However, in many parts of the region’s vegetable markets, tomatoes were being sold at Rs 60 per kg, potato at Rs 28 per kg, ladyfinger at Rs 20 per kg, pointed gourd at Rs 30 per kg and sponge gourd at Rs 20 per kg on Tuesday.

Naima, a vegetable seller in lower Assam, said, “There is not much rise in prices of potato and onion, but the prices of tomatoes have increased more than two-fold. The prices of vegetables might increase further,” she added.

Sweety, a house maker in Guwahati told the Inside NE, “Now, the price hike of vegetables have started badly affecting our kitchen budget”. Monu Pal, another vegetable seller in Assam, said, “Though the supply of vegetables is normal, retail prices saw a jump due to increase in fuel prices.” Mohd Hasnain, who sells fruits at Namsai, said prices of apple soared to Rs 240 from Rs 200 per kg, while there was a 10% rise in prices of different species of mangoes. “The prices of papaya, pomegranate and orange have increased by up to Rs10-18 per kg,” he said.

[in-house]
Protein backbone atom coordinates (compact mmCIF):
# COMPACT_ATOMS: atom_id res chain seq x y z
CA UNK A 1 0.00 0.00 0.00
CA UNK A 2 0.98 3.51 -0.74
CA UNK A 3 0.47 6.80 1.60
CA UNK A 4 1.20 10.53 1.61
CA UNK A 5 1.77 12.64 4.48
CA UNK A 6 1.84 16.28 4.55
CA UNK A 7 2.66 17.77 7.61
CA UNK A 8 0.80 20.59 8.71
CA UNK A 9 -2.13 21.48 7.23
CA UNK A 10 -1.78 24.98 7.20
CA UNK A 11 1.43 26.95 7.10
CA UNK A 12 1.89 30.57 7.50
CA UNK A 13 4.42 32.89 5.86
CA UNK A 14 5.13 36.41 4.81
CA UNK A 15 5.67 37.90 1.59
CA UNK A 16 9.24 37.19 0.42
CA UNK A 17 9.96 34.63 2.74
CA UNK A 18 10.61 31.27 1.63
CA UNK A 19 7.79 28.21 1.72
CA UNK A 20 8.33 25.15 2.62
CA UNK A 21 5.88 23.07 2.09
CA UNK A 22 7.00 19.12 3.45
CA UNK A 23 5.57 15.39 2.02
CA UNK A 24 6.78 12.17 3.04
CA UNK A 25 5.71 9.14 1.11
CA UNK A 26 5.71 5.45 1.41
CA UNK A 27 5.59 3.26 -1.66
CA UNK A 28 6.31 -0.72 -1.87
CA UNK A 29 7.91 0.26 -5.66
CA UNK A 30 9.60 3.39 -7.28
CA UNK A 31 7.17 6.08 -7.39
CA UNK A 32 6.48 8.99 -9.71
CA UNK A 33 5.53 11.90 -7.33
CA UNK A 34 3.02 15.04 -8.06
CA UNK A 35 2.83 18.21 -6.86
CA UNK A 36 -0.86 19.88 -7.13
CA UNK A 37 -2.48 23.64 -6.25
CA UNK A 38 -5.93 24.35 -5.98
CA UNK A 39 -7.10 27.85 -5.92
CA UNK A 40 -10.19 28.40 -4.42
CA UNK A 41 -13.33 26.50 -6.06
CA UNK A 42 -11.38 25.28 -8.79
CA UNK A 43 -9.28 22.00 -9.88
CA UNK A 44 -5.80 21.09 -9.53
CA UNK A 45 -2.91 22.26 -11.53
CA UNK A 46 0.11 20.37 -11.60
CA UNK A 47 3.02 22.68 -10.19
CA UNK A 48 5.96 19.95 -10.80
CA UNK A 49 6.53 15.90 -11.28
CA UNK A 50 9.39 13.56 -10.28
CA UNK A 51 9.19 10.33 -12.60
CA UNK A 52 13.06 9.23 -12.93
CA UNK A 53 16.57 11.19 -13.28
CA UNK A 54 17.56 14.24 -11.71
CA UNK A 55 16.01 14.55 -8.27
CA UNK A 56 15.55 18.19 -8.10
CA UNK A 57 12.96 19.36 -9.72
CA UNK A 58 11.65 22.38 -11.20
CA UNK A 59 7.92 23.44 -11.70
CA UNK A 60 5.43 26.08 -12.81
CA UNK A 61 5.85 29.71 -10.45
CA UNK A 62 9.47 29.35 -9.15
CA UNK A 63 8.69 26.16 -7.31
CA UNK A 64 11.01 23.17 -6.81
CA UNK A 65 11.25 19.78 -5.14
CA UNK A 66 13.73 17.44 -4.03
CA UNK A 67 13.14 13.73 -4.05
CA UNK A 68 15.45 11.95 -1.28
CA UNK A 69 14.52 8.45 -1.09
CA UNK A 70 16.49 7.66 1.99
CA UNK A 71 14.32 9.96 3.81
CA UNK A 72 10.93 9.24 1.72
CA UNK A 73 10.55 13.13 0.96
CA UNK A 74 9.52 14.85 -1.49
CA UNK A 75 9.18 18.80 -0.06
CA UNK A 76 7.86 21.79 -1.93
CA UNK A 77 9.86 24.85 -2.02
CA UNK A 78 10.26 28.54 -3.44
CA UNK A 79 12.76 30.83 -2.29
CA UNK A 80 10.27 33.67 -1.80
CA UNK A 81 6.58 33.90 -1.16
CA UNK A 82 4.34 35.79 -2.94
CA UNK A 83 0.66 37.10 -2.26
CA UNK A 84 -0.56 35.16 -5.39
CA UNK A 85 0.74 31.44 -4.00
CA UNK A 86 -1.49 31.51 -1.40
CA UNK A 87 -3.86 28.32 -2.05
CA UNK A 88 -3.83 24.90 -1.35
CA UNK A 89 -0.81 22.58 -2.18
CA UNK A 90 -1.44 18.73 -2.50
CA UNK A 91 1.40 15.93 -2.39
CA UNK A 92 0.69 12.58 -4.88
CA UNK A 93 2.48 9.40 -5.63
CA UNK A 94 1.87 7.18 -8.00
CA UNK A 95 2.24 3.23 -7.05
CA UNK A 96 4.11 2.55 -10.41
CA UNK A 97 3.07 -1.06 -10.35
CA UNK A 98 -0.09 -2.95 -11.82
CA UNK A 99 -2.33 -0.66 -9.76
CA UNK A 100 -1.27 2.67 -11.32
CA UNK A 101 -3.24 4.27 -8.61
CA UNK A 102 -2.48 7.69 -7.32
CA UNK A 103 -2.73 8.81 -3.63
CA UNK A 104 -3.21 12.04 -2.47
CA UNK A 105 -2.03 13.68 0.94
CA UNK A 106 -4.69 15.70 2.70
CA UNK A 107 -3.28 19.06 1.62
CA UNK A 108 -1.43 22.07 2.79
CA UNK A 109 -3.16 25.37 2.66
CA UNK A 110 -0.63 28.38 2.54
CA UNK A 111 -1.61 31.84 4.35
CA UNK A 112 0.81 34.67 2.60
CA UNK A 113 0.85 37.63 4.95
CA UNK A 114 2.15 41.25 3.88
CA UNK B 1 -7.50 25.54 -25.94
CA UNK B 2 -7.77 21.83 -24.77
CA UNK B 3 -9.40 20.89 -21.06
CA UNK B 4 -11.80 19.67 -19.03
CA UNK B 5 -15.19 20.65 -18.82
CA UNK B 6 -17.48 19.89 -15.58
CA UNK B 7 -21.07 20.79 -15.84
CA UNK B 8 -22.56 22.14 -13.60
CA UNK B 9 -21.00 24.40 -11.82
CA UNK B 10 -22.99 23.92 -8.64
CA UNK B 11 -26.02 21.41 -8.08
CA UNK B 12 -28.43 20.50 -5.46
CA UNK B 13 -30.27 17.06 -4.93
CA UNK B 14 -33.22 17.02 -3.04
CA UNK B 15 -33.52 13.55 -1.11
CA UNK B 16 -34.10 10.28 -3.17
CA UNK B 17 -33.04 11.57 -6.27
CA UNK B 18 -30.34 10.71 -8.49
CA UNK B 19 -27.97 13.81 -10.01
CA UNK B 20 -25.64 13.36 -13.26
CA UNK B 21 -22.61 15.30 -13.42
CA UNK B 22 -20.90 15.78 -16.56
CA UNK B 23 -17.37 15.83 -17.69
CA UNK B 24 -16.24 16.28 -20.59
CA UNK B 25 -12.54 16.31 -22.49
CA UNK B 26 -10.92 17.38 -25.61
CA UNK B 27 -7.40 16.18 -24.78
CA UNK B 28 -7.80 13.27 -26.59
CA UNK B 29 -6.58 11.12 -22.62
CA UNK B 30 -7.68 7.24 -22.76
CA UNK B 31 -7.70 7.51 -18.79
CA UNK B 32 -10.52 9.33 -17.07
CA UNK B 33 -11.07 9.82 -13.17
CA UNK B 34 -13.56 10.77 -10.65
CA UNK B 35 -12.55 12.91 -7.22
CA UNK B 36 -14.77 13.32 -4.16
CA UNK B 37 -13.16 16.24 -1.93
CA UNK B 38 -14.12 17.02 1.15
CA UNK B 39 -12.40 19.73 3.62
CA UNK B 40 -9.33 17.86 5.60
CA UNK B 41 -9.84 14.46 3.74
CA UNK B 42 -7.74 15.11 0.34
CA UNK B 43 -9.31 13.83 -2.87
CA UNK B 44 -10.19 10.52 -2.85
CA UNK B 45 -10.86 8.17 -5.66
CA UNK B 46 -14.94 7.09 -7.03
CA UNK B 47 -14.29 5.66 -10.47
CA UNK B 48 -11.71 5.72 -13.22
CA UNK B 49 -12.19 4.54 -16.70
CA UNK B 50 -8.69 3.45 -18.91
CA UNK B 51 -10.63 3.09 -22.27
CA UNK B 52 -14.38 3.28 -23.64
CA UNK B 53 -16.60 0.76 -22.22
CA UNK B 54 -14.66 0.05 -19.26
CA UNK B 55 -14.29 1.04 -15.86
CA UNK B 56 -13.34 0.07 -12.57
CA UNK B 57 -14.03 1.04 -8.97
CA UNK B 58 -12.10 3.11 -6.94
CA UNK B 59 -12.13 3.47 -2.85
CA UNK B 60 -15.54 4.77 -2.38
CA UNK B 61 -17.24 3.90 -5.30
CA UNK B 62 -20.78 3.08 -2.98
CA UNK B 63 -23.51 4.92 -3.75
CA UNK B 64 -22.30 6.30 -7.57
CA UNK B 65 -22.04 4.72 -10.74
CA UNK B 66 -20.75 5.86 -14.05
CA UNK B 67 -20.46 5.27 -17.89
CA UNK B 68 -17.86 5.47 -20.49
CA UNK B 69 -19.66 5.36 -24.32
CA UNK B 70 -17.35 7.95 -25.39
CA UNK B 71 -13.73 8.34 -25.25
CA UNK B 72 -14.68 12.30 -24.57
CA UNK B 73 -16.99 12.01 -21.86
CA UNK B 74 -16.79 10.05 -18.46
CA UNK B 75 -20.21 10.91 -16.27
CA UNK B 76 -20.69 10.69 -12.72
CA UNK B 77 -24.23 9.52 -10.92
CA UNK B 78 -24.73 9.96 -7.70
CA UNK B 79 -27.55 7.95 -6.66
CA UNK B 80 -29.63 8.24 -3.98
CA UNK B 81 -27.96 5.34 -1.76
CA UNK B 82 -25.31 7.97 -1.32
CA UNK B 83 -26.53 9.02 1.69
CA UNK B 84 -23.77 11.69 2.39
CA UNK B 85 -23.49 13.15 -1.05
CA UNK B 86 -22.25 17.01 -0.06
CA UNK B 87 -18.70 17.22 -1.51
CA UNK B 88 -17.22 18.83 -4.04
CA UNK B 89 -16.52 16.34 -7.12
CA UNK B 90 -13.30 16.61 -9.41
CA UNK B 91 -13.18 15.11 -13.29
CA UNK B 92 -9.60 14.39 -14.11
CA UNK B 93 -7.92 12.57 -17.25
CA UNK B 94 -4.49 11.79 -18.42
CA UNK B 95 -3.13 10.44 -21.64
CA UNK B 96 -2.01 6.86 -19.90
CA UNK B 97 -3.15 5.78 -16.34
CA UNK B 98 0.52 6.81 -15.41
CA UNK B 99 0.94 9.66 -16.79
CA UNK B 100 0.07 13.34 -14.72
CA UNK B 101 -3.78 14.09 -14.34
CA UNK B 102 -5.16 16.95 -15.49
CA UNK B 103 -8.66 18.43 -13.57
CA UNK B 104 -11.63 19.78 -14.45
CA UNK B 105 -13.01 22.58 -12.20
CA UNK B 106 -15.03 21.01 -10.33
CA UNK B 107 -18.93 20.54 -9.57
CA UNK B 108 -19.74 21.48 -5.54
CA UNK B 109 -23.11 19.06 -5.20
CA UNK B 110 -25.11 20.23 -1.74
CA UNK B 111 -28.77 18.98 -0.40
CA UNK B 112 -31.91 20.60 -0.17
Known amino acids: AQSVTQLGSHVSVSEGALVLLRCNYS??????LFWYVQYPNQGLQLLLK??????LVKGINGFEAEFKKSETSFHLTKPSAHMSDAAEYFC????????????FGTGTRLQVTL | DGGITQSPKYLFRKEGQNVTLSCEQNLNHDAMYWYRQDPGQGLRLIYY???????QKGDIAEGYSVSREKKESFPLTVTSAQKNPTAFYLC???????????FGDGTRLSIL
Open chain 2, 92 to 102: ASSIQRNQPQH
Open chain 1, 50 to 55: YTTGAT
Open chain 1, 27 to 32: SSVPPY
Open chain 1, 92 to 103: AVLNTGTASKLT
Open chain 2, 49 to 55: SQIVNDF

The economics at work

Sudarshan Mitra, an economist, said the rise in prices of petroleum products have influenced the prices of other commodities, including vegetables and fruits. “The rising fuel prices would have a cascading effect on other commodities. The prices might increase further as it is the autumn crops season. Farmers in the Assam as well as the whole of Northeast have started plantation and many of them need fuel for farming activities,” he said.

Also read: Assam: Floods have killed more people than Corona, yet no solution

Human interest: Assam

Meanwhile, the residents, who are already facing troubles due to Covid-19 pandemic, said the rising vegetable and fruit prices have hit their household budgets. Afsana Begum, a resident of Sivasagar, said, “No matter how much cost-cutting we do, the prices of all essential commodities will go up and impact the household budget. The prices of vegetables, fruits, cooking gas and oil have already increased. We now apprehend that prices of dairy products, meat and dry ration would also rise due to the increase in fuel prices.” Firdaush Ahmad, a resident of  Dimapur in Nagaland and teacher at a private school, said he did not receive salary for May and the month of June has also ended. “It will be very difficult for people like us to survive if the prices of essential commodities continue the rising trend,” he added.